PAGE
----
There is such a thing as Italian time. I don’t know if it’s common knowledge, but the Italians’ timeframe and daily routine is completely different from that of Americans. This took a lot of getting used. You don’t drink cappuccinos after 10 (life’s all about breaking the rules, right?). Siesta is from around 1 to 4pm, meaning 90% of stores are closed, so just stay in. Adjusting, means finding the places that stay open and also being patient and taking that time to relax. Also, lunch and dinner is much later. Lunch is typically around 1:30 pm and dinner around 9 pm. Some restaurants don’t open until about 730/8. This always leads to me grabbing some gelato, because I can’t eat at 5:30 pm (yes, I’m a grandma) like I normally do.
In Sorrento, stray dogs and cats are not uncommon. Word on the street is that people do not purchase animals, they just take in the strays. Also, the Italian people take their dogs EVERYWHERE. I mean everywhere. Recently, I was visiting Florence and I saw a man take his dog into Gucci. As shocking as it may sound, this is not odd, or even frowned upon.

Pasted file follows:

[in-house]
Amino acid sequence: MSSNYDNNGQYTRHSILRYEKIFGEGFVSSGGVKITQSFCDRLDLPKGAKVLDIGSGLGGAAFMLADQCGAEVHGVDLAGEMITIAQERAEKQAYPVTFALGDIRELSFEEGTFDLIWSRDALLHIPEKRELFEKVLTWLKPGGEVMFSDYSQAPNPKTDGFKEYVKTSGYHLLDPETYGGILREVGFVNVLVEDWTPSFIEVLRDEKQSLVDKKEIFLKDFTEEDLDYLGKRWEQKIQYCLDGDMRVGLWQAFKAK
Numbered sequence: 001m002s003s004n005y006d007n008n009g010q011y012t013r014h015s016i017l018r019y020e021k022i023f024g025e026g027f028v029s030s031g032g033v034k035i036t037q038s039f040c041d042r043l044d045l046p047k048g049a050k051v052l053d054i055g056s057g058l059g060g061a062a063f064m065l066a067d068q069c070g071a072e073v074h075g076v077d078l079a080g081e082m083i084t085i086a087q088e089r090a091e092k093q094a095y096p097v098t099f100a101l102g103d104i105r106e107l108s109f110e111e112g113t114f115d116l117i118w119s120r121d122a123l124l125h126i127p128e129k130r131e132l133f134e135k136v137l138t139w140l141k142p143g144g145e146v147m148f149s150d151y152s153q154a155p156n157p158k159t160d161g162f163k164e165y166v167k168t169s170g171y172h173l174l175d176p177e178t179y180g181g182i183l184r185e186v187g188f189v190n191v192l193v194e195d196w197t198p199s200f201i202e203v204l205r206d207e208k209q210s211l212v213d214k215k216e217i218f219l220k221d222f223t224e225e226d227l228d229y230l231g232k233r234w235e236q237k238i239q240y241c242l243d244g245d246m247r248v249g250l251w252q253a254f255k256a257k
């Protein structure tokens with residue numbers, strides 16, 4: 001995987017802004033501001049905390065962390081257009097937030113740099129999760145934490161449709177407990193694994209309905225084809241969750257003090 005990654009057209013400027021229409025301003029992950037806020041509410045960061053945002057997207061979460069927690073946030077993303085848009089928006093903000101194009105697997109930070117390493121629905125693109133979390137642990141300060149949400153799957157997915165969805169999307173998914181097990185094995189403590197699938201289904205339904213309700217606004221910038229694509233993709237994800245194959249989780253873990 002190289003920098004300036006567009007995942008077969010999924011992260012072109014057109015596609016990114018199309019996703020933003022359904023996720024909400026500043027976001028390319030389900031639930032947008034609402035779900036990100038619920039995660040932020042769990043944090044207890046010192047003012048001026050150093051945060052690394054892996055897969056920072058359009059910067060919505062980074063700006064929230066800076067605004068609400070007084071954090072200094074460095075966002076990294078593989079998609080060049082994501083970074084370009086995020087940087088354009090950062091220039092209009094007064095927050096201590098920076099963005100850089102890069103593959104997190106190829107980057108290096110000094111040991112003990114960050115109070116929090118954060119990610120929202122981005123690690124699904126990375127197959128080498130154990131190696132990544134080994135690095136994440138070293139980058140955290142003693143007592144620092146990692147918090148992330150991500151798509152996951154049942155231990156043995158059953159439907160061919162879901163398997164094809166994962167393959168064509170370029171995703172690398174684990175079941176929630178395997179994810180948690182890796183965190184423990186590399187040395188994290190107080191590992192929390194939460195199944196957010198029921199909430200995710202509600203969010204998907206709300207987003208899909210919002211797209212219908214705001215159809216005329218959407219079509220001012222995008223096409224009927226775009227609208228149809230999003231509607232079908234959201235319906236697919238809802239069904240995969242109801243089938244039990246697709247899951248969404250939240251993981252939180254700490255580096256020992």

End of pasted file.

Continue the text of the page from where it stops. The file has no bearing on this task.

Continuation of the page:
The first thing you notice when you get to Italy, and a lot of European countries, is that the people drive much smaller cars or mopeds. There are many minor roads in the Italian towns, so their vehicles must be of reasonable size to fit. From the outside, these roads look like the width of a sidewalk, but Italians have mastered the art of driving down the narrowest roads with immense amount of grace. They even drive down these roads fast. Have I seen any wrecks in Italy? Nope. Also it must be noted that about 98% of the cars are stick.
So far, none of the Italian cultural differences have shocked me beyond belief. I have learned to finish everything on my plate, dryers are not necessary, and being 5 minutes late means that you are on time.
Brooke is a current student at University of South Carolina studying at Sant’Anna Institute in Italy during the Sprig 2015 term.